There’s almost no better time than summertime for a road trip. But before you hit the highways this season, make sure you’re set for a safe drive with these tips.
Know where you’re going.
This one may seem obvious, but If you’re venturing to a new destination, make sure you have a copy of your route saved in your device or printed on old-fashioned paper. It’s also a good idea to carry a road atlas in your vehicle. Highway interchanges aren’t always intuitive, and while using map apps in cell phones to navigate is usually reliable, you don’t want to end up stranded due to a technology or cell service snag.
Don’t drive fatigued.
Long stretches of highway can have a lulling effect — especially at night. Drowsy driving is as dangerous as drunk driving, and is reported to be responsible for about 100,000 crashes a year. Do everything you can to stay alert and avoid driving fatigued: try to get a good night’s sleep before a long trip; don’t drive at night if at all possible; switch drivers if you can; and pull over to a safe roadside spot, rest area, or truck stop if you need to rest.
Be aware of posted speed limits.
Speed limits can change dramatically state to state and even county to county (from 50mph to 85mph). Speeding can cost you in the form of ticket, crash, or worse. Watch for speed limit changes, and make sure you’re traveling the posted speed if driving in good conditions (adjust your speed if you encounter inclement weather, traffic or other unsafe conditions).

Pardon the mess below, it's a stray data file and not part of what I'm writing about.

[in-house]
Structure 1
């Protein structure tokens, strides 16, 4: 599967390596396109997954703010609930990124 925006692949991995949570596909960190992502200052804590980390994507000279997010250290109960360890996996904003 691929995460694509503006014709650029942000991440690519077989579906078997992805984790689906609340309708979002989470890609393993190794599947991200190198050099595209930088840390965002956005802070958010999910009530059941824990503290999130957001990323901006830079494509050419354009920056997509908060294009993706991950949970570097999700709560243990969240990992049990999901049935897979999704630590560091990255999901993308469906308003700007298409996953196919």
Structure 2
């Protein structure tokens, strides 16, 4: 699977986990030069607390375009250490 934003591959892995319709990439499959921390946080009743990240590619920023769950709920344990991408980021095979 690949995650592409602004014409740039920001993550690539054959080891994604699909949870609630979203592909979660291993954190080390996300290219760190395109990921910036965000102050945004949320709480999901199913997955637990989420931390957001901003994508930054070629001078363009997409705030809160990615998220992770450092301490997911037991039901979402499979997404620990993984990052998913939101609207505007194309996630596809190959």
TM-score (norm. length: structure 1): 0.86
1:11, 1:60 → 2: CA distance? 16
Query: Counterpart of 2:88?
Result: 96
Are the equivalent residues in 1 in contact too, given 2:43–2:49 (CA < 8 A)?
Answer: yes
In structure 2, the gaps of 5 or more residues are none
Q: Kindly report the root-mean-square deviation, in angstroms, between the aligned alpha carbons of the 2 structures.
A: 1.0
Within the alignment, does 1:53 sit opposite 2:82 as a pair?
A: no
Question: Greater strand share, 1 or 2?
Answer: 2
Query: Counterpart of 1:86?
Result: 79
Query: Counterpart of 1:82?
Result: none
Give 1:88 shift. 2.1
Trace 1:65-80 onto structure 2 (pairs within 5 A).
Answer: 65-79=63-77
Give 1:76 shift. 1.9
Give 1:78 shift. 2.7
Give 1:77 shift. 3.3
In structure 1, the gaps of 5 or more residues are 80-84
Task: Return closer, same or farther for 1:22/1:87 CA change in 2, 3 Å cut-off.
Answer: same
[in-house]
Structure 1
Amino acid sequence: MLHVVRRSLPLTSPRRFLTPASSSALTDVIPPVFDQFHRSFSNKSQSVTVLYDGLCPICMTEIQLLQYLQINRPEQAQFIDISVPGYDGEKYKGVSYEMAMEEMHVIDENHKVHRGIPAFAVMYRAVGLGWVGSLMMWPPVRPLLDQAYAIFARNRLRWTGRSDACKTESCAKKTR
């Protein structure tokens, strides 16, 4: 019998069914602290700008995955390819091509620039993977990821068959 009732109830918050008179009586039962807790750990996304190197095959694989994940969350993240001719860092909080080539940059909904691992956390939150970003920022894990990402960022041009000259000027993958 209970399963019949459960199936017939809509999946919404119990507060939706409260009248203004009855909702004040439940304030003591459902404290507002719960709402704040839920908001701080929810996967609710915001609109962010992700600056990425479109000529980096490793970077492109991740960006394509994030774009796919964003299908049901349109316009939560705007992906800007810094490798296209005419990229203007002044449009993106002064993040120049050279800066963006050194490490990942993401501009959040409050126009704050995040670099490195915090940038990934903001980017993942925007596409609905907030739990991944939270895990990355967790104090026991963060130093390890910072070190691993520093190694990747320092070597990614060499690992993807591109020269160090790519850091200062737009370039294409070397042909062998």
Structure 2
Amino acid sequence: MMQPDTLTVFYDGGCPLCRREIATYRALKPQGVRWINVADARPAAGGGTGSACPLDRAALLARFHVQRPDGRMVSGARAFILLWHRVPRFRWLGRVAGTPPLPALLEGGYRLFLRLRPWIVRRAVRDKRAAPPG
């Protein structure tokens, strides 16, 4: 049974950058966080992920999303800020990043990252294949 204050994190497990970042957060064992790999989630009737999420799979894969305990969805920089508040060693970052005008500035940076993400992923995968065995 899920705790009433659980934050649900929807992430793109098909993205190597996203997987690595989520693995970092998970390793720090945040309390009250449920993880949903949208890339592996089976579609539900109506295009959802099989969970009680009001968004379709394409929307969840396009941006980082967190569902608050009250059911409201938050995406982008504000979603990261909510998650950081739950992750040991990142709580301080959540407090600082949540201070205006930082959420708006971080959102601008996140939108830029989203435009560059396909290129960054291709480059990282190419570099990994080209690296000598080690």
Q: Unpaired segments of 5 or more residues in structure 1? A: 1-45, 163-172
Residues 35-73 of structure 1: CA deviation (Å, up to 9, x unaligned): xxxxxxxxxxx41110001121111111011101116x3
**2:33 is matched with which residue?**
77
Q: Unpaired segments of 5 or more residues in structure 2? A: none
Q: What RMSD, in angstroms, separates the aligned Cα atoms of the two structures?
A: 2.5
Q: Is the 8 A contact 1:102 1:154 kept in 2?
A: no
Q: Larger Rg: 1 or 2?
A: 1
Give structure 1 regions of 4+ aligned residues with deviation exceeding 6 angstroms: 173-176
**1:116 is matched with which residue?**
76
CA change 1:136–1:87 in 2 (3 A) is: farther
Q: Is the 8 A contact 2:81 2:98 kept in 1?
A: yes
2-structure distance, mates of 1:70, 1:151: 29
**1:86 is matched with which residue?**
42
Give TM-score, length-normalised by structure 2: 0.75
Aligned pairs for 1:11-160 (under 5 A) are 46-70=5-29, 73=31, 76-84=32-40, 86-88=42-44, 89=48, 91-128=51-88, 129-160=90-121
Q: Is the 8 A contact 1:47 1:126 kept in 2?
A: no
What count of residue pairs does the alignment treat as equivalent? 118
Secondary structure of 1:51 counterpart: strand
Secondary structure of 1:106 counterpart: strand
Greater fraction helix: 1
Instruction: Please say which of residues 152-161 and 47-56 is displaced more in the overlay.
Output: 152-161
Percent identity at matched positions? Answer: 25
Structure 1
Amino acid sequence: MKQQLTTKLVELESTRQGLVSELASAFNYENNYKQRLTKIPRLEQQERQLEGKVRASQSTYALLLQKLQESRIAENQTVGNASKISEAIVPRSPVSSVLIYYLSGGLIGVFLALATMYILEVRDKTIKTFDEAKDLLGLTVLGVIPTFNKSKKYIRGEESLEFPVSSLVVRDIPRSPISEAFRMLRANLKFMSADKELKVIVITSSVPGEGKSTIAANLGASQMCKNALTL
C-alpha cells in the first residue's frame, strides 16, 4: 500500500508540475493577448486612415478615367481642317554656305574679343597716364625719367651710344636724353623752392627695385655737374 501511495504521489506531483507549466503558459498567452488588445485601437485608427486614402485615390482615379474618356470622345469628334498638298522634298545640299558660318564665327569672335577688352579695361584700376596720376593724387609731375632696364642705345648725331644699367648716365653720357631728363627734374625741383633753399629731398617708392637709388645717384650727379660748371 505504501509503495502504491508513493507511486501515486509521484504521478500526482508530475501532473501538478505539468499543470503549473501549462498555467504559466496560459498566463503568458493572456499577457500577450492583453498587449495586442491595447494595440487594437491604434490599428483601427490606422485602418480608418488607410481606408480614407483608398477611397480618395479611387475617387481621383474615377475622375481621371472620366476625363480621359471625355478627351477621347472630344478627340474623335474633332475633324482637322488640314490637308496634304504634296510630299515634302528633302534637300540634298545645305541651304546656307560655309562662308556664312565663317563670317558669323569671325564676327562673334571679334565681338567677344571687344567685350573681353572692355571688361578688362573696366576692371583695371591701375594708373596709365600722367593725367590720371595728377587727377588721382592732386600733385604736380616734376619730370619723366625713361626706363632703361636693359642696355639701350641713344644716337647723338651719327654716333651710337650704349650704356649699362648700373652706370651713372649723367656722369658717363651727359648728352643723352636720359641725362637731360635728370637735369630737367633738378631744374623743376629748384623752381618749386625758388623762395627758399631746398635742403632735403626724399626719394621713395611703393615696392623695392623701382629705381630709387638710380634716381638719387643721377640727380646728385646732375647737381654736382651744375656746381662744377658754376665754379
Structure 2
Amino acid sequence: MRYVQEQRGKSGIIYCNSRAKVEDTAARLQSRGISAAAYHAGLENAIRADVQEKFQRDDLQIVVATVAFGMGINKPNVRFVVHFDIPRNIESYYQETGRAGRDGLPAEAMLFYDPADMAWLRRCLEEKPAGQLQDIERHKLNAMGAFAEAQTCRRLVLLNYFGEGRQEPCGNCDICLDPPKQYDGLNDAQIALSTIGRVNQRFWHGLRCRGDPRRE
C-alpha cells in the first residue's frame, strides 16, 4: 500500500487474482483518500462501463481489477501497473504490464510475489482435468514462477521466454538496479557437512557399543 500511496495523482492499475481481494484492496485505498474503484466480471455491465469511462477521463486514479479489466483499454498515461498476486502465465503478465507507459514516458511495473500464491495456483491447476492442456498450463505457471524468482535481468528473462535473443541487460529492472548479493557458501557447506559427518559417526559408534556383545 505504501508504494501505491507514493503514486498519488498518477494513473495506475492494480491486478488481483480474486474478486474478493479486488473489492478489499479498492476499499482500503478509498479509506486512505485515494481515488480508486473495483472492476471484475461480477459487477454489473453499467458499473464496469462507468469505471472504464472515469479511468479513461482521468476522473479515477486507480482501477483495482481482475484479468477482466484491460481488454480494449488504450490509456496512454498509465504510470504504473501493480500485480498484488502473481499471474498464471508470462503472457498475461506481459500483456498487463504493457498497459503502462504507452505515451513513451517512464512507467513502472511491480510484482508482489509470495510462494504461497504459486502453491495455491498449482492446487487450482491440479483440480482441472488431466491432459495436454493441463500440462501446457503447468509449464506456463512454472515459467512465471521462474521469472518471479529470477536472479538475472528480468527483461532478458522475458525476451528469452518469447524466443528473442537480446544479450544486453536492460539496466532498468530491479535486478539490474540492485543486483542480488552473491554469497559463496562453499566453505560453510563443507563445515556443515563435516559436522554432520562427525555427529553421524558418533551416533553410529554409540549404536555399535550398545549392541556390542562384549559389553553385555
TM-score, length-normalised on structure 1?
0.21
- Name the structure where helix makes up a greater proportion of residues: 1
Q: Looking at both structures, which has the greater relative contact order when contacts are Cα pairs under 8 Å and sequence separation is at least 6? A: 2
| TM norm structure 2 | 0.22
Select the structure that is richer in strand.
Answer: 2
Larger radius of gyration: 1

Share the road.
Be aware of others on the road, be courteous and obey traffic laws: Maintain a safe following distance; pass on the left; use your signal to indicate a lane change or turn; and make sure to stay to the right if you’re traveling slower than other traffic on the highway. Be aware of semi drivers, as well, as they may have poor visibility. Give them plenty of room when you pass and merge.
Watch for construction and closures.
Summer means road construction in many areas across the country. Be mentally prepared to encounter construction zones (and their accompanying travel delays) along your route, and always adhere to the posted speed limits, which will likely be considerably lower than typical in the work zone. The U.S. Department of Transportation features some good resources for learning about road conditions across the country before your trip.
Keep your car stocked.
No matter your driving distance, it’s always a good idea to keep basic safety items in your vehicle, including battery cables, spare tire and the necessary tools for changing a tire, a first aid kit, clothing layers or a blanket, and so on. In addition, make sure you have plenty of extra water and snacks.
Stow sanitizing supplies.
With the pandemic, you’ve likely been extra vigilant about handwashing and sanitizing surfaces at home and in your vehicle. Be sure to take these habits with you on the road, as well as sanitizing items like hand sanitizer, disinfectant wipes, disposable gloves, and face masks. Realize that different states and counties have different regulations for wearing a face mask, so even if you’re not required to wear one in public at home, you may be required to wear one at your destination or stops along the way.